Not So Fast: Is There a Connection Between Religious Fasting and Eating Disorders?

I’ve always wondered about how being encouraged to fast for religious reasons might impact those who are vulnerable to eating disorders and those who already have eating disorders. I can’t imagine it would be easy to be around others who were fasting in the name of religion while struggling with an eating disorder. Equally, I can certainly see the dangers of participating in fasting for those who are predisposed to eating disorders.

Despite not being religious myself, however, I understand that fasting is important to some people who subscribe to religions that encourage the practice. So, how might we balance the potential dangers of fasting with the freedom of religious observance? And, what is the impact of religious fasting on individuals with eating disorders, or those developing eating disorders?

In this post, I’ll highlight some of the main findings from 2 studies about religious fasting and eating disorders: one quantitative study exploring the experiences of women in Bulgaria and one case series about eating disorders and Ramadan.

Fasting: Uniformly Negative?

It would be easy for me to say that no one should fast, ever. Fasting is usually not a good idea for a number of reasons, not least of which is the “hanger” (hunger + anger) it can provoke amongst those fasting. More seriously, fasting can do strange things to one’s body, and as we’ve known for quite some time (thinking back to the Minnesota starvation study by Keys), severe restriction of calories can lead to the development of obsessions around food and many other symptoms we relate to eating disorders.

However, there are other reasons for fasting than those related to eating disorders. Many religions (including Islam, Judaism, and various sects of Christianity) have fasting as a core tenet and encourage regular fasting, particularly at certain times of the year. I will not pretend to be an expert on any of these religions; indeed, I hardly think that my third year undergraduate course in world religions makes me qualified to go into depth about the reasons behind fasting rituals. In broad sweeps, however, fasting may not always be motivated by a desire to lose weight; and, as religious belonging has been shown to be a protective factor against eating disorders in some samples (e.g. Homan & Boyatiz, 2010), it gets a bit complicated to encourage people to not follow their faith.

But how can you tell what someone’s motivations for fasting are? How do you know if someone is using religion as an excuse not to eat? Angelova & Utermohlen (2013) conducted a study in which they explored how women in Bulgaria used traditional and religious fasting. Their results tell us a little more about women’s motivations for fasting in a context where fasting is fairly common, and how this may differ depending on the individual’s assessed eating disorder symptomatology.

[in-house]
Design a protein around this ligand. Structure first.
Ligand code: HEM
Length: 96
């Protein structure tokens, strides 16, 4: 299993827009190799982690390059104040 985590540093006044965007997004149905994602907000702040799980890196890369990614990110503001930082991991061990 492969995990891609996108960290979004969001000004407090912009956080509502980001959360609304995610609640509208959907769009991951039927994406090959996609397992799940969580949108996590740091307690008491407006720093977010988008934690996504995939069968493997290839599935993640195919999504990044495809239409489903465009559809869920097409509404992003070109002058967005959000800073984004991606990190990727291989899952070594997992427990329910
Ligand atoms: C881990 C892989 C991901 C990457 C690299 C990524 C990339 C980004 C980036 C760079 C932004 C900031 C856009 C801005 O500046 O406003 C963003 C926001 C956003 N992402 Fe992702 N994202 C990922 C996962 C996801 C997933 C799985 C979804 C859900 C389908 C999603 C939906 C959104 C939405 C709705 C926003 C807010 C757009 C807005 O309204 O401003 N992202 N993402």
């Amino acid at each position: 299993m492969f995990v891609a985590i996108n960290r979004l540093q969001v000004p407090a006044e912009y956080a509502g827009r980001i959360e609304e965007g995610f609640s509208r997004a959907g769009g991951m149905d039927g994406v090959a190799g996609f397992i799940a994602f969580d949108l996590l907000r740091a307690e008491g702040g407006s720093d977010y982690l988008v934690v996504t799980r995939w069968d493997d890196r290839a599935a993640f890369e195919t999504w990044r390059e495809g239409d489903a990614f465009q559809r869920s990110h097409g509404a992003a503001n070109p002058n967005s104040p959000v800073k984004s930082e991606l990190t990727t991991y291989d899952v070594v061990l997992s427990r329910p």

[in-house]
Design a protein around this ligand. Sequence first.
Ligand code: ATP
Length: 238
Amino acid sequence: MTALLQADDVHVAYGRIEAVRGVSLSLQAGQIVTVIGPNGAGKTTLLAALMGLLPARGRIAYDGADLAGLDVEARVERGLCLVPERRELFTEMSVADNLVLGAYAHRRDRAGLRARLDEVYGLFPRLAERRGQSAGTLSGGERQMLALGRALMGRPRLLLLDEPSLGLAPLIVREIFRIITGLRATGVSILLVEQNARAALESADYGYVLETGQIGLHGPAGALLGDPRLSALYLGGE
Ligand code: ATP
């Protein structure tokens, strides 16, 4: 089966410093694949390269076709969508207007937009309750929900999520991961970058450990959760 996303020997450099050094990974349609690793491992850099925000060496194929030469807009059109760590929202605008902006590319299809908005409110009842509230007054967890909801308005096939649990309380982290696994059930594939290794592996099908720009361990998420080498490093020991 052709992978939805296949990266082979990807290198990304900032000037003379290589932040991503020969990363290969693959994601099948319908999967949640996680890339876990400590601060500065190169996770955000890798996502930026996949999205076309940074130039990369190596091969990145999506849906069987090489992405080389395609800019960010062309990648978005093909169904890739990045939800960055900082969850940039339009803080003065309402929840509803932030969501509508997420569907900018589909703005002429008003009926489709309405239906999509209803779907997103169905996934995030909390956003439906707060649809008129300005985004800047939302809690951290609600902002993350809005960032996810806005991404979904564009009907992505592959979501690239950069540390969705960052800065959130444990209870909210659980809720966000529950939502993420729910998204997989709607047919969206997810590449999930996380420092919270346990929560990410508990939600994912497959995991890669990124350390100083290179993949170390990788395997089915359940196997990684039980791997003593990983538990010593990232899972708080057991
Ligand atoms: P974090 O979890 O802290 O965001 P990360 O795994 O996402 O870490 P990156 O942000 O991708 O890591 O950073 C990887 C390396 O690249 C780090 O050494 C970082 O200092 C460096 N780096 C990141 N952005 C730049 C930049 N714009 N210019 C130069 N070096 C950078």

The authors administered a number of self-report measures to a sample of 205 women, all Caucasian, with a fairly broad age range (18-81, average 32.1) from the capital of Bulgaria. They grouped these women according to faith and dietary restrain categories to see how the two related. Faith categories included: non-believers, passive believers, and active believers. Along the lines of dietary restraint, they were grouped into non-restrictors, dieters or fasters, or dieter-fasters.

You might be wondering about the differentiation between dieting and fasting (I was). Interestingly, the authors position dieting as a less likely correlate of disordered eating, partially because of the way it has been studied: in the literature, there is a fascination with drawing ties between religious asceticism and anorexia (see Bell’s work on “holy anorexia,” for example).

I’m still a bit unclear about the choices the authors made in distinguishing the difference between dieting and fasting. I suspect, from their description, that the difference lies in culture (i.e., they describe “conventional dieting,” which I suspect means dieting in a Western sense, vs. “traditional fasting,” which could account for traditional practices in the Bulgarian context). In their results section they also note that it is the underlying motivation that differentiates the two; in other words, dieting would be done with a goal of attaining a thin body. This seems somewhat at odds with their prior note that dieting may be less likely to result in disordered eating. In either case, I also think there is a risk here that eating disorders might be perceived as simply dieting (or fasting) “gone too far,” which we know they are not.